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English Foxhound

At first glance, you might mistake an English Foxhound for his American cousin. Since the 1600’s foxhunting was a favorite pastime among British aristocricy. It was the job of the Master of the Hounds to carefully breed their bloodlines for purity and performance…

English Foxhound Photo
English Foxhounds Waiting For Command 

Among British fox hunters today, this hound is simply known as “the English.” When the aristocrates of England “rode to the hounds,” they would generally have packs of as many as 50 English Foxhounds. Critics of fox hunting regard this practice today as un-sportsman like; what chance does a single fox have when pursued by a pack of Englishes and strong, tireless horses? Yet the English people continue to hunt foxes and can easily pull down a fully-grown deer in seconds. In the 1700s, an estate kept chickens, ducks, geese and pheasant on their property; foxes became a nuisance in stealing these birds. Since stopping at a grocery store on our ways home from work was unheard of, the aristocrisy relied on their flocks for food. When foxes became bold enough to steal from the coops, the English Foxhound was an extremely valuable asset.

The English is slightly different in looks and physiology from the American Foxhound. The English has a heavier bone structure that makes him slower in the chase. The difference in his color is not just tri-colored of black, brown and white, he is also piebald (freckled) and all-tan. His paws and ankles are sturdier than the Am Fox, giving him the essential stamina of traveling quickly over very rough terrain without injury.

In temperament, the English is dignified and well-mannered in the home. He is moderately affectionate and does well with children although he isn’t demonstrative of his affection for his family. The English is not suited for apartment or city life. He is highly social with his pack and becomes lonely and destructive without human and/or canine company. His keen sense of smell can effortlessly detect the approach of a stranger, and he’ll “give voice” to sound the alarm. However he is not a protective dog and when properly introduced, the English is friendly with strangers. Since it’s impossible to breed out the English’s hunting nature, he should not be unsupervised with rodents that are household pets.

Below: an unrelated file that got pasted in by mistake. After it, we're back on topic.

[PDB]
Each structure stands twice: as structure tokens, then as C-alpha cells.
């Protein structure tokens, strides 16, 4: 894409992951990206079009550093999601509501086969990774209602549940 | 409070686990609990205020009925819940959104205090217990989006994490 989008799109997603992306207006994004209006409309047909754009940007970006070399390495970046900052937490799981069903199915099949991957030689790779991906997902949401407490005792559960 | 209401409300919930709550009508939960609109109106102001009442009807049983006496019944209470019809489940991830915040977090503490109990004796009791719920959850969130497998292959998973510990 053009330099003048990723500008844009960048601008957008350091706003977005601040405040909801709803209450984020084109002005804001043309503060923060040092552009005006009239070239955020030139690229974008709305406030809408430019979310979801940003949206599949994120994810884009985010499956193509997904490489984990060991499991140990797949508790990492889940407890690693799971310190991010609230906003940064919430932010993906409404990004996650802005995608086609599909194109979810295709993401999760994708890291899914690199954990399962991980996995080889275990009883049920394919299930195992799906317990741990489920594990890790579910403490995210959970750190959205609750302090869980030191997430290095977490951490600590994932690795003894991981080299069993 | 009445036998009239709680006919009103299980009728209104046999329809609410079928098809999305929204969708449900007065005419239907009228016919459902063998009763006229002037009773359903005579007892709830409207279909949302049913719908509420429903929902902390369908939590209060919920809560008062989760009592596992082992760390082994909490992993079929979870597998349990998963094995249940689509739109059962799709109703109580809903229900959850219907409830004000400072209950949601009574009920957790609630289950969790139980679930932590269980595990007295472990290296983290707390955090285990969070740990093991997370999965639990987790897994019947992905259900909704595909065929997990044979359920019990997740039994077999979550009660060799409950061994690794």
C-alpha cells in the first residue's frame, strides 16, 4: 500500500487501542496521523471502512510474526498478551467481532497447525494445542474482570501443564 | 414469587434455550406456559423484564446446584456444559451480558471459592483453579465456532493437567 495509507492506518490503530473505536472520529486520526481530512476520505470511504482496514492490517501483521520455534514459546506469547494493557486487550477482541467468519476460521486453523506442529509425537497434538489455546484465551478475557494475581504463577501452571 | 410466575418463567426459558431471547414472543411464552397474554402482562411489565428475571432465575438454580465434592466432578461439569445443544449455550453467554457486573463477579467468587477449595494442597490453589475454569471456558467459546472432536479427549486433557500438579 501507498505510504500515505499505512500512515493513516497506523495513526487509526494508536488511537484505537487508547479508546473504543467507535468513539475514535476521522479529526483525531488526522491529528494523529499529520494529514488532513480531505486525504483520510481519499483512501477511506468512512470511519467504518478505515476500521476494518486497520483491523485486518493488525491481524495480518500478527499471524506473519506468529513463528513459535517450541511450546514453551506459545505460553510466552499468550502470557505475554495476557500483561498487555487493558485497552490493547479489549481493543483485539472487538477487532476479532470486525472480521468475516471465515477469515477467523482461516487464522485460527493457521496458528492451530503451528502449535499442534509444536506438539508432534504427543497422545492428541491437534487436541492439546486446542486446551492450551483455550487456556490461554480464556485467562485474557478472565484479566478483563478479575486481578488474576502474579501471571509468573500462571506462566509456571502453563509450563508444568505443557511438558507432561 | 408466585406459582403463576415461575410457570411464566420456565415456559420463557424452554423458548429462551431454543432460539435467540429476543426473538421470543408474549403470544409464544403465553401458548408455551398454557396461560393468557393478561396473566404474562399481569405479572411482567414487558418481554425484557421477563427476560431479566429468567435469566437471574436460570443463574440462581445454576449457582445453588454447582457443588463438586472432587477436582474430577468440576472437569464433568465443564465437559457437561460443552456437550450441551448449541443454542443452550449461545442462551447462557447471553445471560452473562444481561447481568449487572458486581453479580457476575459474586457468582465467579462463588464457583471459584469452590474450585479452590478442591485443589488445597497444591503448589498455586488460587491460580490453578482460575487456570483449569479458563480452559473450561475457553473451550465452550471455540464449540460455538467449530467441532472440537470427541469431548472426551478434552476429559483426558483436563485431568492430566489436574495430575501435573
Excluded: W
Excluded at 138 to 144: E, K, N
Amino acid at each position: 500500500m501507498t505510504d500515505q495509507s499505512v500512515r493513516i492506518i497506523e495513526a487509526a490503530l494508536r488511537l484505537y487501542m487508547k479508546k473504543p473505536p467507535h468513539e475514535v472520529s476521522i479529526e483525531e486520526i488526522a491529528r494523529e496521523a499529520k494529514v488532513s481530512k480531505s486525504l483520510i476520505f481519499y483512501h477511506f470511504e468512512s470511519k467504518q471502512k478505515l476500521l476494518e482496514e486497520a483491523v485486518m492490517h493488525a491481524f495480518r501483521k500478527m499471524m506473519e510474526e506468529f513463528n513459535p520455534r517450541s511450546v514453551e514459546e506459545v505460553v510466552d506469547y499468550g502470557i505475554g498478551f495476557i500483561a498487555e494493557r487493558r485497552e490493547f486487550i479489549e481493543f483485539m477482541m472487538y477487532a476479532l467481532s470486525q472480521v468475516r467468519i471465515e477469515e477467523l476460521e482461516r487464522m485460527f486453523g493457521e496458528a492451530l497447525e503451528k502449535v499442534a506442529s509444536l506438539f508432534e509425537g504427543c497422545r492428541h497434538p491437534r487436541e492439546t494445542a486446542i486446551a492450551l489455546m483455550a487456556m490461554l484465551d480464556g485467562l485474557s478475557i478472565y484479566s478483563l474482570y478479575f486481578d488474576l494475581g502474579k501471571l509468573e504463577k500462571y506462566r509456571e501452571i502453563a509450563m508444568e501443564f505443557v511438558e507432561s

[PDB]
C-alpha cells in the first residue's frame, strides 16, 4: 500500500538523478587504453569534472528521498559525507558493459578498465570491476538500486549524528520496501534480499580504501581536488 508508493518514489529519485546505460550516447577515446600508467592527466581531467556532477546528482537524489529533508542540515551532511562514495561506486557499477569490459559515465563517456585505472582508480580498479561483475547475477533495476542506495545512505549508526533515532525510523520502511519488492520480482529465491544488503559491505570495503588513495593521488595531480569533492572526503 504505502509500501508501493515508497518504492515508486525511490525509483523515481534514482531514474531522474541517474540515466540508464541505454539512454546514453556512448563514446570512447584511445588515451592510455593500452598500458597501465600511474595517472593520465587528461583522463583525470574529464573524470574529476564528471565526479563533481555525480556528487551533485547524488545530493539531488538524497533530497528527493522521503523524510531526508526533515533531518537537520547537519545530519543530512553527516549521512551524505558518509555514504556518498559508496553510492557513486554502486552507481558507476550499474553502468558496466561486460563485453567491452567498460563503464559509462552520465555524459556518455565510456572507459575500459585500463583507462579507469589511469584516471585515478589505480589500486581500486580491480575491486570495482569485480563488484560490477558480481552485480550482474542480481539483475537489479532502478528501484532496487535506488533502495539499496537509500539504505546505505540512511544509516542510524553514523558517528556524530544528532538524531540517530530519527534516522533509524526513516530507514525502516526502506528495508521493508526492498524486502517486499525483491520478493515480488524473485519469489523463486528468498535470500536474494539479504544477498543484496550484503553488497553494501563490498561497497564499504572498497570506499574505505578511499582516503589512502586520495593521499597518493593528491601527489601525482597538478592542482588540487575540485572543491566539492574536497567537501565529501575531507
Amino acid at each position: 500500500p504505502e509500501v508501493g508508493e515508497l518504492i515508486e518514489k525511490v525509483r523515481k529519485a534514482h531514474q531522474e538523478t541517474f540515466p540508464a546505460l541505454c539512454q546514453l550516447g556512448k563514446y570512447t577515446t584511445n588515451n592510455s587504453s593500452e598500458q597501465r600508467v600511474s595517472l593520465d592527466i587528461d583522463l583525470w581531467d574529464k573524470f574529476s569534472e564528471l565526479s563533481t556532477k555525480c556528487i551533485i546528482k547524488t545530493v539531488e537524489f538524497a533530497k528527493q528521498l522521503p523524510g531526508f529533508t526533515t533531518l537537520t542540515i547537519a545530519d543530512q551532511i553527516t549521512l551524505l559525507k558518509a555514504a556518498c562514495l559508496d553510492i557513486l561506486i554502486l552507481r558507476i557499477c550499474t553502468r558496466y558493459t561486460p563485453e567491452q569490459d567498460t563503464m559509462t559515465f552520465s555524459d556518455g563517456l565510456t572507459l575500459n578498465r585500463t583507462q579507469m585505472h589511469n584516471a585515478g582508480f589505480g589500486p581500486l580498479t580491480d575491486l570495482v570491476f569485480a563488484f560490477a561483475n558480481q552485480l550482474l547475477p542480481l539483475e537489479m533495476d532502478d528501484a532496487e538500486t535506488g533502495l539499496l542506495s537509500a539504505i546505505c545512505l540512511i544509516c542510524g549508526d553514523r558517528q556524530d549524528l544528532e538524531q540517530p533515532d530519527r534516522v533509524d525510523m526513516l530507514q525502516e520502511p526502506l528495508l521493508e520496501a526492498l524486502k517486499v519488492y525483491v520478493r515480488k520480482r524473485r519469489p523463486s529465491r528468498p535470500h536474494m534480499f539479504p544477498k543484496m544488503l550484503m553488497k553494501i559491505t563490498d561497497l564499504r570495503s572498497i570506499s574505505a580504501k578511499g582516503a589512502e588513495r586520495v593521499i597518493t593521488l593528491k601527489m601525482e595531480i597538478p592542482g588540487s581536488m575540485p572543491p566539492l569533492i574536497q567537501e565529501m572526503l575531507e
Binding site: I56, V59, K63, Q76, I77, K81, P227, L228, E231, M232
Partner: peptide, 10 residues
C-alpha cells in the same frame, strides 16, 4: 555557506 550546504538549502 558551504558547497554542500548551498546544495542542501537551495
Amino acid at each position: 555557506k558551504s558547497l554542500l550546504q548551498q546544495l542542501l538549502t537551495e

The words “training” and “English” are oxymorons! As puppies, they easily learn good household and pack manners, but treat obedience training with disdain; why should he stay in a “down, stay” position when there is game to be sented? However, he is easily trained to compete in field trials since this is his instinctive behavior. He’s seldom trained as a show dog except in major shows like Westminster. Since his AKC recognition in 1900, and way before, the English had but one thing on his mind: hunting. In this regard, he is unchanged from his origins in the early 1700s.

Englishs’ have no major health problems and are easy to care for. Occasionally he might have a bought with hip dysplasia or kidney disease, but he can live his 10-13-year life span free of major health problems. His coat needs only weekly brushing to remove dead hairs and dirt from his protective coat.

If you should visit rural England, listen after dark for the distinctive bay - the Foxhounds are out, and on the hunt!

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